A month ago, an Asian site reported that NVIDIA was intending to launch a new card under the name GeForce 9600 GSO, based on a chip quite a bit less powerful than the original model. This was refuted the following day by NVIDIA France, but the report did indeed turn out to be accurate!
ZOTAC is the first to announce such cards, in three versions: 512 MB, 1 GB and 512 MB overclocked (AMP! Edition). The first two are clocked at 650/900 MHz, against 700/1000 MHz for the last.
Until now the GeForce 9600 GSO was based on a G92, a chip with 754 million transistors engraved at 65nm, a chip which is also used in the GeForce 8800/9800. It was of course castrated, as it was in the GeForce 8800 GS.
On the GeForce 9800 GTX, then, the G92 is clocked at 675 MHz with 128 calculation units, 64 texturing/filtering units and 16 ROPs, all accompanied by a 1.1 GHz 256 bit memory. On the 9600 GSO, the G92 is at 550 MHz, with only 3/4 of the units active, the same as for the 192 bit memory bus.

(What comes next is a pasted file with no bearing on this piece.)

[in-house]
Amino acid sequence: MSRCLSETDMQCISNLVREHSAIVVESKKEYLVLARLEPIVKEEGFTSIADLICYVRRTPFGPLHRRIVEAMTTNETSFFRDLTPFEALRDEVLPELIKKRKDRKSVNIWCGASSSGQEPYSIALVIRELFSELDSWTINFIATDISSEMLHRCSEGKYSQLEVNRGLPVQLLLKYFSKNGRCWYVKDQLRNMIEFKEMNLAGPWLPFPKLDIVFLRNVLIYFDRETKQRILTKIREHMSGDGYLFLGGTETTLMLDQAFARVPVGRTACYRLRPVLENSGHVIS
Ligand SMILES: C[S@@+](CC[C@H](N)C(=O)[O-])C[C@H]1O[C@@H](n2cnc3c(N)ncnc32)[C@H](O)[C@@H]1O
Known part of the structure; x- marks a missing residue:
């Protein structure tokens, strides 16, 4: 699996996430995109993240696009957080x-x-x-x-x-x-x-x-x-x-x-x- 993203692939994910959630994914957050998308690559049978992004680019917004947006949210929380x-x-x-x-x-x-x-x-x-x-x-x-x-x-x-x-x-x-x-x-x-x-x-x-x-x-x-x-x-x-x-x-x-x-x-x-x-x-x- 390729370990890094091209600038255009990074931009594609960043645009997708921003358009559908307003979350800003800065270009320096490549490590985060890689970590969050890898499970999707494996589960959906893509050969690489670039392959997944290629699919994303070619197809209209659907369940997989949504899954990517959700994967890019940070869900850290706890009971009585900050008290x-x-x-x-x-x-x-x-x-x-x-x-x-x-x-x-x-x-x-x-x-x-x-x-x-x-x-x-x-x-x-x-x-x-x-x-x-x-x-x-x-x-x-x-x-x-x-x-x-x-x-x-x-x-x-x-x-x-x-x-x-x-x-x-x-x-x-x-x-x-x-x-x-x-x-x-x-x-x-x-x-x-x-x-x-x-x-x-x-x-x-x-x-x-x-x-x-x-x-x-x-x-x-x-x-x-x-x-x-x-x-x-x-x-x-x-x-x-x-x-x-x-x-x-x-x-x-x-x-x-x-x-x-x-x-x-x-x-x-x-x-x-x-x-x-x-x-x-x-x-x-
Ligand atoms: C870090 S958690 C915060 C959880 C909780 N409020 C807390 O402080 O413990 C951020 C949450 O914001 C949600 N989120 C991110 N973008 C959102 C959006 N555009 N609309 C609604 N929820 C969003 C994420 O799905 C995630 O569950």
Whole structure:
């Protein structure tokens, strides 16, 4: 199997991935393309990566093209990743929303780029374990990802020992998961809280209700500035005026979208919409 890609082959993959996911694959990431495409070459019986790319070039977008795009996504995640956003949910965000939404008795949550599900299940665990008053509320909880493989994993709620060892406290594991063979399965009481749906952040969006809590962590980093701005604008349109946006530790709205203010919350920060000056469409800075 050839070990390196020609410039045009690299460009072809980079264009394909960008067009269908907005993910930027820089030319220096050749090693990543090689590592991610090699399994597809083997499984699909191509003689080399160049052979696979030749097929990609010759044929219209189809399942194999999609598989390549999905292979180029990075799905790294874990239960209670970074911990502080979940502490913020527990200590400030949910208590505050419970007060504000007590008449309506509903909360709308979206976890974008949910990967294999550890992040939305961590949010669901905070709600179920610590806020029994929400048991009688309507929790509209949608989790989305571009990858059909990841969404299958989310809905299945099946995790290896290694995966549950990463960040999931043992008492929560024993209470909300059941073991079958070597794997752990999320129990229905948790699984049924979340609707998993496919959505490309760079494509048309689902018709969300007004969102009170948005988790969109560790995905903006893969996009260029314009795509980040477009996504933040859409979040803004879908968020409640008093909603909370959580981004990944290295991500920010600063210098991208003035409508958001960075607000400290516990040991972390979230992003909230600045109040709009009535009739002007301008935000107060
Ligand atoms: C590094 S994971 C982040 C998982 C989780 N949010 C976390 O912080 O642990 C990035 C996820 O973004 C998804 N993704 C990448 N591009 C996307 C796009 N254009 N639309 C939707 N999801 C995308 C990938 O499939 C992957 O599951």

Now, the new GeForce 9600 GSO will be based on a G94, a chip with 505 million transistors engraved at 65nm and even at 55nm in a more recent revision. On the 9600 GT, this chip is clocked at 650 MHz and has 64 calculation units, 32 texturing/filtering units and 16 ROPs, with a 256 bit 900 MHz memory on top.
On the new GeForce 9600 GSO, there is still a 256 bit memory bus, a good thing in comparison with the current model then, with a bandwidth over 9%. Only 3/4 will however be activated … such that in the end the old 9600 GSO has a 69% higher
processing, filtering and texturing power!
There can be little doubt then that the new GeForce 9600 GSO performs less well than the old model. True, NVIDIA could not match the Radeon HD 4650/4670 with a chip such as the G92 and needed a less costly solution that nevertheless offered a significant gain in performance on the GeForce 9500 GT, which is not competitive. But keeping the same name as a better performing old card is simply not honest.